The Sunnyvale Department of Public Safety said in a statement that the suspect, Isaiah Joel Peoples, 34, "intentionally targeted the victims based on their race and his belief that they were of the Muslim Faith."
None of the victims died in the Tuesday night crash. Peoples is charged with eight counts of attempted murder. The Department of Public Safety said that the apparent motive was based on new evidence in the case.
Peoples was arrested at the scene, and officials said it appeared he was waiting for police to arrive.
Department of Public Safety Chief Phan Ngo said no other information on the suspected motive would be immediately released, including what the new evidence was. Investigators learned of the new information late Thursday afternoon, he said.
"This is an ongoing investigation and its integrity is vital," Ngo said at a news conference Friday.
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Peoples' attorney, Chuck Smith, told reporters after a court appearance Friday that “Clearly, it's a case that his mental state is the issue."
Smith said Peoples is a veteran and "and he's led an otherwise blameless life."
"So there's no explanation for this other than his service, the things he saw, and what happened to him mentally while serving our country," Smith said.
Smith also raised the issue of post-traumatic stress disorder.
Peoples’ mother, Leevell Peoples of Sacramento, has said she could not imagine a situation in which her son would deliberately crash into innocent people other than it being related to PTSD that she said he experienced after serving in Iraq in the Army, the Associated Press reported.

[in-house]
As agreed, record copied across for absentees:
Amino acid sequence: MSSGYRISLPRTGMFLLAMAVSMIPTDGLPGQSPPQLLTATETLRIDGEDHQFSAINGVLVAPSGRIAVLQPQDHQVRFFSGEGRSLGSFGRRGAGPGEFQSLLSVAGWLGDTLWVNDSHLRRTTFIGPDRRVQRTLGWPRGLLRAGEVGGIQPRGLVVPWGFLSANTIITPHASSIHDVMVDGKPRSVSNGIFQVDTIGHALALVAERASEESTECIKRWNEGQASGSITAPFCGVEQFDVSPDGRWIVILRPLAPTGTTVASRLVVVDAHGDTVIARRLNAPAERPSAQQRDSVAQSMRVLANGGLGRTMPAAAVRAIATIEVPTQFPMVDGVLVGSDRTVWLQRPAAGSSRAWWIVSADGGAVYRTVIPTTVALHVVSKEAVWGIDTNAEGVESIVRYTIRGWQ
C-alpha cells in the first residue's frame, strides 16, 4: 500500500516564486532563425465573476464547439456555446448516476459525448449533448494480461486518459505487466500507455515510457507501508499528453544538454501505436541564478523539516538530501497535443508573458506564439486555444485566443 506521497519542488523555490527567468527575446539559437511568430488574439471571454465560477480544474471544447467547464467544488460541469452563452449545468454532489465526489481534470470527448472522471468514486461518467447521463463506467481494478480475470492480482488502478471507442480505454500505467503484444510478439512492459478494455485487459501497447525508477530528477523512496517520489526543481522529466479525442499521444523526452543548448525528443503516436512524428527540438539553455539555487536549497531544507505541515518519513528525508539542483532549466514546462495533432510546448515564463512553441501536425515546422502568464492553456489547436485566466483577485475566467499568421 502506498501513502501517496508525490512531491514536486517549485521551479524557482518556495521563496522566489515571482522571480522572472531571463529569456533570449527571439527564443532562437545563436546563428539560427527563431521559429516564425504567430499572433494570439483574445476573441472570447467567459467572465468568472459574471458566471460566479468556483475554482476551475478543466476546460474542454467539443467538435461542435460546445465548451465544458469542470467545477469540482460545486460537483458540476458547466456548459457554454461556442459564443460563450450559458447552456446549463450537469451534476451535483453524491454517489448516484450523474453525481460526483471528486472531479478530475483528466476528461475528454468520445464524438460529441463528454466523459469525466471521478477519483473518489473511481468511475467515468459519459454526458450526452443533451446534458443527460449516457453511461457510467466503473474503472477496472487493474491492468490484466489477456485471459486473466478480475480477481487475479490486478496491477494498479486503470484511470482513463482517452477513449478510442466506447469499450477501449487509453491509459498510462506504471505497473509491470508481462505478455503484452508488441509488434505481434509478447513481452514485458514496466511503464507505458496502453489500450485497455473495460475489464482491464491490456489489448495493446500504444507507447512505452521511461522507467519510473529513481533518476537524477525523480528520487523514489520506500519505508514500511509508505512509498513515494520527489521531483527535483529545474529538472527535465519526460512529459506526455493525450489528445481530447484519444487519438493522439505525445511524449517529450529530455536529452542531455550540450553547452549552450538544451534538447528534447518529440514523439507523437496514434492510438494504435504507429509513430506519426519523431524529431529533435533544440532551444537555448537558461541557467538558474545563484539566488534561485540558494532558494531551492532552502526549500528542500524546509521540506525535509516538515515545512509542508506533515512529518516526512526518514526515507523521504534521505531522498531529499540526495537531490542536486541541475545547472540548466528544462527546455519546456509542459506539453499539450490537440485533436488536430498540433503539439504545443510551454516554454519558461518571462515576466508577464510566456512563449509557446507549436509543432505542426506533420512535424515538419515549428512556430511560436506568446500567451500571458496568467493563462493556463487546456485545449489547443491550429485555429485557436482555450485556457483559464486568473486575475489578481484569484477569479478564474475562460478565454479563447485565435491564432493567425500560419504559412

Peoples served in the Army Reserve as a civil affairs specialist from March 2004 to July 2009 and reached the rank of sergeant, and he was deployed to Iraq from June 2005 to May 2006, the Army said.
A witness to the crash who said he ran up to the vehicle, Don Draper of San Jose, told NBC Bay Area this week that the driver "was saying ‘Thank you, Jesus. I love you, Jesus, several times, saying this in an un-slurred clear voice."
Santa Clara County Chief Assistant District Attorney Jay Boyarsky said Peoples has not been charged with a hate crime because the case is still being investigated.
"However, as the chief said, there is very appalling and disturbing evidence that at least one or two of these victims were targeted based on the defendant's view of what their race or religion may have been," Boyarsky said.
The most seriously injured victim, previously identified as a 13-year-old girl, remained in critical condition Friday, Ngo said.
"Our hearts are with her and her loved ones as we pray for her recovery," the police chief said. Her family has asked for privacy, he said.
If convicted, Peoples could face a sentence of up to life in prison.